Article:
Published online 27 January 2004 | Nature | doi:10.1038/news040126-1

News

Fossil find breaks age record

Scottish millipede represents earliest known air-breathing animal.

Stonehaven in Scotland was equatorial 428 million years ago.Stonehaven in Scotland was equatorial 428 million years ago.© alamy.com

An amateur fossil-hunter in Scotland has unearthed the oldest known air-breathing land animal: a tiny millipede that lived 428 million years ago.

The discovery doesn't change scientists' understanding of when air-breathing creatures evolved. But it does help to fill in the fossil record, pushing back the oldest known fossil of this kind by about 20 million years.

The 1-centimetre long creature has been christened Pneumodesmus newmani in honour of its discoverer, Mike Newman, a bus driver and fossil enthusiast from Aberdeen on Scotland's northeastern coast.

Newman made his discovery on the shore at the nearby seaside town of Stonehaven, a favourite fossil-hunters' haunt. "I basically stood on it," he recalls. Having realized its potential importance, he turned the fossil over to the National Museums of Scotland in Edinburgh. Palaeontologists from the museum and from Yale University in New Haven, Connecticut, deduced its unique status1.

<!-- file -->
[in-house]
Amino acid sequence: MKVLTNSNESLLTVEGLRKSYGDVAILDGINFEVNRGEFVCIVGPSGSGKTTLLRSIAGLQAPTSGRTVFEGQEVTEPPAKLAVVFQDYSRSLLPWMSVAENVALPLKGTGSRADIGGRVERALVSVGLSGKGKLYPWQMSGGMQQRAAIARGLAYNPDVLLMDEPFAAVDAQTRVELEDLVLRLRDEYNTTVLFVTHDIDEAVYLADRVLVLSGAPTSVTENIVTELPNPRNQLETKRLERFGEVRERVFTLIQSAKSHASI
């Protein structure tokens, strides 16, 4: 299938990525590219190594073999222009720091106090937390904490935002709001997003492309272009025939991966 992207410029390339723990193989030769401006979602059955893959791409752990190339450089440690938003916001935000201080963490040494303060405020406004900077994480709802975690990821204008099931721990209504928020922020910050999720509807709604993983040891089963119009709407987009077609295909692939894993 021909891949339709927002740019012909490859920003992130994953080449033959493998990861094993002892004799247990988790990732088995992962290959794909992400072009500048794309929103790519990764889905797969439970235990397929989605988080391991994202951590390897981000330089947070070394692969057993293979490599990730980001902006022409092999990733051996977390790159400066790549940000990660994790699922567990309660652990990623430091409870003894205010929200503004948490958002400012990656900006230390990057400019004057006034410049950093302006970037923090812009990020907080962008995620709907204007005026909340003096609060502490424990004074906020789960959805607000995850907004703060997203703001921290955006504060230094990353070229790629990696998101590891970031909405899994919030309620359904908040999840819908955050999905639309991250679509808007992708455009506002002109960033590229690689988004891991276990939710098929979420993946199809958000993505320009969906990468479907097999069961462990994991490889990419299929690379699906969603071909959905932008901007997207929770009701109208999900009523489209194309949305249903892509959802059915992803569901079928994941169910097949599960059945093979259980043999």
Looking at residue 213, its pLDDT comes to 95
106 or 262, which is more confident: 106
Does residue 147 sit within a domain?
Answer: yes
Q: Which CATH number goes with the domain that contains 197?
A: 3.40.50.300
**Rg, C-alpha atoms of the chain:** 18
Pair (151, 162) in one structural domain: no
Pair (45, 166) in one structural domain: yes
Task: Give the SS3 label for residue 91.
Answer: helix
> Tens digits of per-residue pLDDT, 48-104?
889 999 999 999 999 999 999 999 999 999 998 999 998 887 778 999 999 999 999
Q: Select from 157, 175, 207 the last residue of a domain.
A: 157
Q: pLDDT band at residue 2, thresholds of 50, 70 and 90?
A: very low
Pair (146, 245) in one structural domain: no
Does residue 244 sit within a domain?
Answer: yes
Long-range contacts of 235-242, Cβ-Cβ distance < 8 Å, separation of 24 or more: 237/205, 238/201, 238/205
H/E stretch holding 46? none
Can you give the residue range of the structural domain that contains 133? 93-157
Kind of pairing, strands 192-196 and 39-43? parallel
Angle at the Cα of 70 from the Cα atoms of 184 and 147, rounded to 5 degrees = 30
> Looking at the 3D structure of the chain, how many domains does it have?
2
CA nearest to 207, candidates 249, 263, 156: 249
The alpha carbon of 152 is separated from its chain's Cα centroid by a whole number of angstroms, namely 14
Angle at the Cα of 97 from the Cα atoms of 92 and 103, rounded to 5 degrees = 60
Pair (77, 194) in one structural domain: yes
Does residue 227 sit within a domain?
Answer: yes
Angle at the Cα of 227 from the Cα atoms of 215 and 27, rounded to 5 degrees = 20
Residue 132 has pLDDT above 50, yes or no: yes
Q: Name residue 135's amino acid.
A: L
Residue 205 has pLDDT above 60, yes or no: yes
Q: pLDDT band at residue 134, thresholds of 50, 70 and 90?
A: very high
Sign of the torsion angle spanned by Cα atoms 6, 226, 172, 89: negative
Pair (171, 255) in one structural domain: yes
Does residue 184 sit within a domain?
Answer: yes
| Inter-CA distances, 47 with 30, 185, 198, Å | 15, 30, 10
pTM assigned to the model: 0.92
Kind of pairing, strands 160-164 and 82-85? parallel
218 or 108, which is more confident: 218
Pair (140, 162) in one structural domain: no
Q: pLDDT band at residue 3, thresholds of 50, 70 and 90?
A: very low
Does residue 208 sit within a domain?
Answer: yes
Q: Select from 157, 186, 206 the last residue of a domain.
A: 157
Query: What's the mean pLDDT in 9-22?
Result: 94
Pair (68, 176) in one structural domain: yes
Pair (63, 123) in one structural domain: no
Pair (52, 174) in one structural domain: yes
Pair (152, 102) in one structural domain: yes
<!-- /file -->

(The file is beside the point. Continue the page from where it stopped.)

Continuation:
There's no doubt that P. newmani breathed air, says Lyall Anderson of the National Museums, who studied the discovery. The fossil shows well-preserved spiracles - tiny holes for taking in oxygen. These would not work if the millipede ventured off land, Anderson explains: "They would have filled up with water."

The climate in which the creature lived was a far cry from the cold, rain-lashed Scotland of today. During P. newmani 's lifetime, Scotland was close to the Equator and formed part of a giant landmass called the Old Red Sandstone Continent. "For land animals to emerge you need an area that's hot and humid," says Newman. "This is the best area in the world for early animal fossils." The previous record-holding fossil for the oldest air-breathing animal was also found in Scotland.

Stonehaven was previously best known as the town that invented deep-fried chocolate bars - a strange culinary treat usually made by frying Mars bars. The fossil offers Stonehaven's residents a somewhat healthier source of civic pride. 

  • References

    1. Wilson, H. M. & Anderson, L. I. Morphology and taxonomy of Paleozoic millipedes (Diplopoda: Chilognatha: Archipolypoda) from Scotland. Journal of Paleontology, 78, 169 - 184, (2004).  | ISI |